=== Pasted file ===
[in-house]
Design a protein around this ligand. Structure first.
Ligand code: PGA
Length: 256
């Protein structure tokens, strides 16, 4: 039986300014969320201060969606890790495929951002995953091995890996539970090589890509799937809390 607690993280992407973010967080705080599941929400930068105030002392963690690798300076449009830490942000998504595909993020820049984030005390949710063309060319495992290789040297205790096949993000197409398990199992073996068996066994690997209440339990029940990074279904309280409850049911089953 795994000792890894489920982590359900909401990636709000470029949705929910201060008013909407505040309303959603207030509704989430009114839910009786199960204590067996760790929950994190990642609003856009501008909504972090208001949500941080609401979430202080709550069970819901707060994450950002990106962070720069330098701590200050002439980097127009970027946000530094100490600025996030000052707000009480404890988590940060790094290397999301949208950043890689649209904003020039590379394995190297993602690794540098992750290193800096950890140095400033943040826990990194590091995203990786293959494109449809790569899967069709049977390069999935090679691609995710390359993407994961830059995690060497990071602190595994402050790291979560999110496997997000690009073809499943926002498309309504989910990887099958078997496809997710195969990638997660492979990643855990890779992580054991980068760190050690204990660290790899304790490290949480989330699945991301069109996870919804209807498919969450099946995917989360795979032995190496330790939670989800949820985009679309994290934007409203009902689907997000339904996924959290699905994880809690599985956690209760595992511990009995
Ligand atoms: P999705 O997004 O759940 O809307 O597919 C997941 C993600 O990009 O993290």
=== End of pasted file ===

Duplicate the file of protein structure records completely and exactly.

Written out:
[in-house]
Design a protein around this ligand. Structure first.
Ligand code: PGA
Length: 256
């Protein structure tokens, strides 16, 4: 039986300014969320201060969606890790495929951002995953091995890996539970090589890509799937809390 607690993280992407973010967080705080599941929400930068105030002392963690690798300076449009830490942000998504595909993020820049984030005390949710063309060319495992290789040297205790096949993000197409398990199992073996068996066994690997209440339990029940990074279904309280409850049911089953 795994000792890894489920982590359900909401990636709000470029949705929910201060008013909407505040309303959603207030509704989430009114839910009786199960204590067996760790929950994190990642609003856009501008909504972090208001949500941080609401979430202080709550069970819901707060994450950002990106962070720069330098701590200050002439980097127009970027946000530094100490600025996030000052707000009480404890988590940060790094290397999301949208950043890689649209904003020039590379394995190297993602690794540098992750290193800096950890140095400033943040826990990194590091995203990786293959494109449809790569899967069709049977390069999935090679691609995710390359993407994961830059995690060497990071602190595994402050790291979560999110496997997000690009073809499943926002498309309504989910990887099958078997496809997710195969990638997660492979990643855990890779992580054991980068760190050690204990660290790899304790490290949480989330699945991301069109996870919804209807498919969450099946995917989360795979032995190496330790939670989800949820985009679309994290934007409203009902689907997000339904996924959290699905994880809690599985956690209760595992511990009995
Ligand atoms: P999705 O997004 O759940 O809307 O597919 C997941 C993600 O990009 O993290």